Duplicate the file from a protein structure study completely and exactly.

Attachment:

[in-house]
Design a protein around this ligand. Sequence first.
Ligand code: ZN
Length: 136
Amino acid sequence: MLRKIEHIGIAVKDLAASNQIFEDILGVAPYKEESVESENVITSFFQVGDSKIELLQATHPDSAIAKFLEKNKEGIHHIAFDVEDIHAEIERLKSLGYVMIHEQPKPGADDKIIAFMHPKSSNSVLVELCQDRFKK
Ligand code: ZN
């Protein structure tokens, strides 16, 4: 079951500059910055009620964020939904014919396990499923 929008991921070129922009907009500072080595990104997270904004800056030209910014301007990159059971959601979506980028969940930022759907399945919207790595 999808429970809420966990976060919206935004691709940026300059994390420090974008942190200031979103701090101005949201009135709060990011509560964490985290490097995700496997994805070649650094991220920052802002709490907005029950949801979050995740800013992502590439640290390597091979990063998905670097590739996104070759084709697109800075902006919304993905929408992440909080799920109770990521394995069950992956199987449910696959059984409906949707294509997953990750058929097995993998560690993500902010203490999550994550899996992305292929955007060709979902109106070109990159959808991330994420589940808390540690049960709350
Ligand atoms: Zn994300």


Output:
[in-house]
Design a protein around this ligand. Sequence first.
Ligand code: ZN
Length: 136
Amino acid sequence: MLRKIEHIGIAVKDLAASNQIFEDILGVAPYKEESVESENVITSFFQVGDSKIELLQATHPDSAIAKFLEKNKEGIHHIAFDVEDIHAEIERLKSLGYVMIHEQPKPGADDKIIAFMHPKSSNSVLVELCQDRFKK
Ligand code: ZN
């Protein structure tokens, strides 16, 4: 079951500059910055009620964020939904014919396990499923 929008991921070129922009907009500072080595990104997270904004800056030209910014301007990159059971959601979506980028969940930022759907399945919207790595 999808429970809420966990976060919206935004691709940026300059994390420090974008942190200031979103701090101005949201009135709060990011509560964490985290490097995700496997994805070649650094991220920052802002709490907005029950949801979050995740800013992502590439640290390597091979990063998905670097590739996104070759084709697109800075902006919304993905929408992440909080799920109770990521394995069950992956199987449910696959059984409906949707294509997953990750058929097995993998560690993500902010203490999550994550899996992305292929955007060709979902109106070109990159959808991330994420589940808390540690049960709350
Ligand atoms: Zn994300």